Posted: Thursday, July 7, 2022
The National Cancer Institute (NCI) has recently awarded the Perelman School of Medicine at the University of Pennsylvania (Penn Medicine) a 5-year $9 million research grant to build on the research on the use of imaging technology in the treatment of patients with non–small cell lung cancer (NSCLC). The technology, called intraoperative molecular imaging, is based on fluorescent beacon molecules that target and bind themselves to tumor cells. By illuminating the tumor tissue, clinicians may be better able to distinguish cancer from healthy tissue.
The first large multi-institutional, randomized clinical trial of the technology in lung cancer has been completed, with the results are expected this year. Data from previous clinical trials have also shown that intraoperative molecular imaging has the potential to help surgeons detect tumors during nonsurgical inspection of patients’ lungs via bronchoscopy.
The fluorescent beacon molecules used in intraoperative molecular imaging are normally infused into the patient hours or days before surgery. They bind to cell-surface receptors, which are particularly abundant on cancer cells. The light the beacons emit is typically in the near-infared range, allowing for visualization detection of tumor cells up to about 2 cm below the tissue surface, depending on the tissue type. Tissue tagged with these fluorescing beacons can be imaged in real time, during surgery, with relatively portable equipment.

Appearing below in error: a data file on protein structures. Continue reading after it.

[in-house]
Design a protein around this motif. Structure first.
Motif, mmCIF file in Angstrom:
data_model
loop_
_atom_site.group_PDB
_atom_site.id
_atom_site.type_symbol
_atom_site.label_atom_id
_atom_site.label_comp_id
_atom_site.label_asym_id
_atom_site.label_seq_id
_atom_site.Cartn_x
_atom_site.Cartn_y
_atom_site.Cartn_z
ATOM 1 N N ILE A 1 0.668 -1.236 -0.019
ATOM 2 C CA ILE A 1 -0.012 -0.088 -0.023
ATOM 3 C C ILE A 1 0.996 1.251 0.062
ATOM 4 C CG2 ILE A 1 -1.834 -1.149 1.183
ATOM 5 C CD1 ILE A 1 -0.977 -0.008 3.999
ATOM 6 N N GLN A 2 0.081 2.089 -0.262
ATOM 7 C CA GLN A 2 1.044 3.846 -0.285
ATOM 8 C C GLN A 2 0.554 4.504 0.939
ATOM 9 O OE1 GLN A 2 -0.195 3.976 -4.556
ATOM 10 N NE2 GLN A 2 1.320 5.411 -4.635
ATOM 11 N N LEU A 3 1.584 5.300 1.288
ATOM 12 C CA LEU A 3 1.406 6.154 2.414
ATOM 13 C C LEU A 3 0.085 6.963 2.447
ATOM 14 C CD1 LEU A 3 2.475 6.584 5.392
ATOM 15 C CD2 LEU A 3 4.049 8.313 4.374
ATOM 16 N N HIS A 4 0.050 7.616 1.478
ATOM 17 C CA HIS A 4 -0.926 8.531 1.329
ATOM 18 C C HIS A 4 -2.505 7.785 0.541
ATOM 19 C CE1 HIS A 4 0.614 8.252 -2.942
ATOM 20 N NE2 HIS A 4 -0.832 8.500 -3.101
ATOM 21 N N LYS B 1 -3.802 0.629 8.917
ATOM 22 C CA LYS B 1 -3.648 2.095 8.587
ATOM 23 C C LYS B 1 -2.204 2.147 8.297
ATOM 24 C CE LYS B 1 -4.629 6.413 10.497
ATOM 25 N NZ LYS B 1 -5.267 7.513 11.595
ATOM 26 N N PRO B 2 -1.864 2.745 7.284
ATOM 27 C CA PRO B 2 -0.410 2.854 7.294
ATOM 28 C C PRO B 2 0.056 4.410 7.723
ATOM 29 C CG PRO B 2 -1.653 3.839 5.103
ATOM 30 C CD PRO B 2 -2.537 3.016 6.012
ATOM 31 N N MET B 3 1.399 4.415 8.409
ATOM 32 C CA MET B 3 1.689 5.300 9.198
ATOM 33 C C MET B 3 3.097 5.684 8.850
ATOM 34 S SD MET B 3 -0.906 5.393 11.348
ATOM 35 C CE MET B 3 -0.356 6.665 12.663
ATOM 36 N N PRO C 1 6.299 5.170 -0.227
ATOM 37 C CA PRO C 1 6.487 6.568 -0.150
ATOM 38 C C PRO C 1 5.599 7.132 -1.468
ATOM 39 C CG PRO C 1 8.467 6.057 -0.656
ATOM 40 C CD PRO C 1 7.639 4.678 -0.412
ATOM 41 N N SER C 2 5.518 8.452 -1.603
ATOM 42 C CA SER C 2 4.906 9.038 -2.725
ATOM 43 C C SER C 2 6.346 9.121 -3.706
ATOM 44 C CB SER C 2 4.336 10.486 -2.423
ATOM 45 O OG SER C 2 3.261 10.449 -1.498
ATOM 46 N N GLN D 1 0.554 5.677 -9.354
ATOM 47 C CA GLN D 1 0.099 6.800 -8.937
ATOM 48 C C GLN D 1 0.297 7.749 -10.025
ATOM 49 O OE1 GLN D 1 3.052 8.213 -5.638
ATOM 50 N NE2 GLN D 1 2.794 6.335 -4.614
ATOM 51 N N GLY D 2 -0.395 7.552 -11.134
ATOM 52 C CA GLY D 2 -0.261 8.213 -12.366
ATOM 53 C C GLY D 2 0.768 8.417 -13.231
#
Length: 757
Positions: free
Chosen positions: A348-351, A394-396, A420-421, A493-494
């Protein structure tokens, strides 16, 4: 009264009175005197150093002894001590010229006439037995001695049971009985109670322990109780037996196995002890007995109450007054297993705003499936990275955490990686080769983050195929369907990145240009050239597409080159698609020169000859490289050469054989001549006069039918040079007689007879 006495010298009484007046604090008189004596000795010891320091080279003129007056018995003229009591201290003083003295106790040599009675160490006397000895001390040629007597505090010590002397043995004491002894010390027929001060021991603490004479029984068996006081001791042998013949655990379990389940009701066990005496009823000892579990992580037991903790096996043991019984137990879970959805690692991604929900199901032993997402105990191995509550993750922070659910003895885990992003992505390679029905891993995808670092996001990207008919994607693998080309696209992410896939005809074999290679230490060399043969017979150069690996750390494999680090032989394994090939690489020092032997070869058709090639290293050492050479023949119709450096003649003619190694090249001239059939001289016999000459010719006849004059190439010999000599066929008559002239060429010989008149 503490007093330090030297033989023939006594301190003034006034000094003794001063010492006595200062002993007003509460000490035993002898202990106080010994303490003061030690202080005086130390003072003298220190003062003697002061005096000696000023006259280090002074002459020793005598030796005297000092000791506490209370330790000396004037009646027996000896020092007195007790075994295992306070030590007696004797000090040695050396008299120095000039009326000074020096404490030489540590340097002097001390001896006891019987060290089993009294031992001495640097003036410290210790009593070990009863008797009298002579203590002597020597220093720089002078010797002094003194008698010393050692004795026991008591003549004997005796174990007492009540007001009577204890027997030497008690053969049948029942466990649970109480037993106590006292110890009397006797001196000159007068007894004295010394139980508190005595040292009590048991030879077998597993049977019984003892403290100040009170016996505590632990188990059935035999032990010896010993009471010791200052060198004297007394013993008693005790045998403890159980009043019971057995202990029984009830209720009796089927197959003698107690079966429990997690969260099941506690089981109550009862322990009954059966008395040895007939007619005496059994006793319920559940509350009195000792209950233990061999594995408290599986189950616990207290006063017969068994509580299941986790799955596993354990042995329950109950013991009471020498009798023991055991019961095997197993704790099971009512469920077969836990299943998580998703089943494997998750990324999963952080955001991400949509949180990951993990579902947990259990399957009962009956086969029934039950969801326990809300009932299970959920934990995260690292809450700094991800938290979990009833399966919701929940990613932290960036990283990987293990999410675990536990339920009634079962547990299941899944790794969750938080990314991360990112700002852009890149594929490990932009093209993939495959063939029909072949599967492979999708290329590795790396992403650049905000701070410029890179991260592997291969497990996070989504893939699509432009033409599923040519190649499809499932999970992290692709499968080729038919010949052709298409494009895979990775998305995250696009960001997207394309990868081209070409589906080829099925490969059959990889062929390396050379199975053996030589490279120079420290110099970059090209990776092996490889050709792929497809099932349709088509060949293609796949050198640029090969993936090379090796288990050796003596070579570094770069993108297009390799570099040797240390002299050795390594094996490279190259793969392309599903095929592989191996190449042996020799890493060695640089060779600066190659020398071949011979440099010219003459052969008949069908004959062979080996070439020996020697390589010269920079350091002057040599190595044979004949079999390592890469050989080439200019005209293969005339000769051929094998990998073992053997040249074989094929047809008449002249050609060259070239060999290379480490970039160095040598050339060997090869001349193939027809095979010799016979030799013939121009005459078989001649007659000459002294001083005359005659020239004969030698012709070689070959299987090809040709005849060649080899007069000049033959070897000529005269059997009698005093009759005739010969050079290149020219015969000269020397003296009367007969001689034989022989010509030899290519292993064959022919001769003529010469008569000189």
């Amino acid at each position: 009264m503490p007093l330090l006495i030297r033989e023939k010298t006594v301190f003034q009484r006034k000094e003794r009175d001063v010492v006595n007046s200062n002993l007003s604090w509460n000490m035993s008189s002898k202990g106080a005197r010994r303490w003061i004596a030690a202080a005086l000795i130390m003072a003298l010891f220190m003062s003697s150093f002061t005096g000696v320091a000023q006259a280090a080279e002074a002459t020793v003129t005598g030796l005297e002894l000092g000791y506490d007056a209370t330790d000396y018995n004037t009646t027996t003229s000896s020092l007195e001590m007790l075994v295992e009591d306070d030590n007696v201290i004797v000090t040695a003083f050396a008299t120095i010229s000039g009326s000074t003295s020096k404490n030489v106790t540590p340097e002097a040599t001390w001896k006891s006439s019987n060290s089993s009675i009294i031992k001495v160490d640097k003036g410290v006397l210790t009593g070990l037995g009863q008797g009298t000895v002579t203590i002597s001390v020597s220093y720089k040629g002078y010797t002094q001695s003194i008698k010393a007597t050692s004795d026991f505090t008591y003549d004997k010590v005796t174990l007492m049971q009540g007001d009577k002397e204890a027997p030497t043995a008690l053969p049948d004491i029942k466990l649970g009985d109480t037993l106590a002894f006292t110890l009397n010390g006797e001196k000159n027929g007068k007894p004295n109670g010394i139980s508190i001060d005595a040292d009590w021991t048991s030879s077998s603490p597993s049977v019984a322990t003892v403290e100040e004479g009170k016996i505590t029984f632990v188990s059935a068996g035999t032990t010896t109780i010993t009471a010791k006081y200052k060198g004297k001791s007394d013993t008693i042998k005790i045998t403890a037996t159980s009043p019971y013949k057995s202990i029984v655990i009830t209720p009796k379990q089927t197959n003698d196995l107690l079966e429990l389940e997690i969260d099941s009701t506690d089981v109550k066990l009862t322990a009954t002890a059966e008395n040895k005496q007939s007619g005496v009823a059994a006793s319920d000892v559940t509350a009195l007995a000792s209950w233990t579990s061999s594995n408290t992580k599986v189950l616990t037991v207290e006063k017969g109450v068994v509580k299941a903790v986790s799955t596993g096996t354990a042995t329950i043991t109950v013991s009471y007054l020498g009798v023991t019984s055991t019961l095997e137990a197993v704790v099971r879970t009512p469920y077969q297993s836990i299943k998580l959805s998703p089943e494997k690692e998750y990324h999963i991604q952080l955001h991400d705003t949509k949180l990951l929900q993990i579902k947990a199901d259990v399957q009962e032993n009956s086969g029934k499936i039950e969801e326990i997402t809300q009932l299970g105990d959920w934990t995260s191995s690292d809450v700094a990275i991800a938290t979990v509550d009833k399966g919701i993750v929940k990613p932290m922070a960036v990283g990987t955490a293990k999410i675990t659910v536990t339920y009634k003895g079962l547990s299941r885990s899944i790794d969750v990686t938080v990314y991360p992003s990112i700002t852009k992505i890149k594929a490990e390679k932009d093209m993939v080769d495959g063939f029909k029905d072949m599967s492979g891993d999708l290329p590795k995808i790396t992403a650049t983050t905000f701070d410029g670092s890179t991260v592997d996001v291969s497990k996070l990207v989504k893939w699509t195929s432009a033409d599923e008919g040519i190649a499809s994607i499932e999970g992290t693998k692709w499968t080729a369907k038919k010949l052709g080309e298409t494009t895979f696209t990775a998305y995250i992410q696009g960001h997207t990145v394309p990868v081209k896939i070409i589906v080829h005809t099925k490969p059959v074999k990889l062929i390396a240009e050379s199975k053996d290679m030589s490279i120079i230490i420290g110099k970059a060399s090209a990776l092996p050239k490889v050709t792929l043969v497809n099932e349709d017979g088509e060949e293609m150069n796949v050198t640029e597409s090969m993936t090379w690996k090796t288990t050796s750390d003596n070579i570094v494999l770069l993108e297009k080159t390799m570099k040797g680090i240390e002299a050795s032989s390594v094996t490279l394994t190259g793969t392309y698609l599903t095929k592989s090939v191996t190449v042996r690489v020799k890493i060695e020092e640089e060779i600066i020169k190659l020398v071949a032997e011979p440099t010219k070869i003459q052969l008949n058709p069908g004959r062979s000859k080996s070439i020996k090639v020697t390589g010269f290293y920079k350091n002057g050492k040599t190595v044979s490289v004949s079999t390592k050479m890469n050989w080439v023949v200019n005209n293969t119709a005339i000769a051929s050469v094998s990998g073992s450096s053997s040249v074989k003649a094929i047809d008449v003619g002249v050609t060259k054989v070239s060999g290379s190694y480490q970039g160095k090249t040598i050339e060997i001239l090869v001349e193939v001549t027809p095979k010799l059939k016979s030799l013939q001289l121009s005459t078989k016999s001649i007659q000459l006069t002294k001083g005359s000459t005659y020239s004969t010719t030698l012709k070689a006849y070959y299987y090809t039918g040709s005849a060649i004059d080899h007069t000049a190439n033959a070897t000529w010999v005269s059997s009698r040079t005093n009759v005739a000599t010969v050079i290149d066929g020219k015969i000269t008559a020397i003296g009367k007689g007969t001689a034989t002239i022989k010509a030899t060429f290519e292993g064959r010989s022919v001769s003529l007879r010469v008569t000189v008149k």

The new research aims to develop and test improved beacon molecules for NSCLC and imaging equipment. The clinical trials of the new technology will be conducted at Penn Medicine, led by principal investigator Sunil Singhal, MD, Director for Precision Surgery at the Abramson Cancer Center. “We aim to develop this technology even further and to study it in additional clinical trials to help improve surgical identification and removal of tumors.”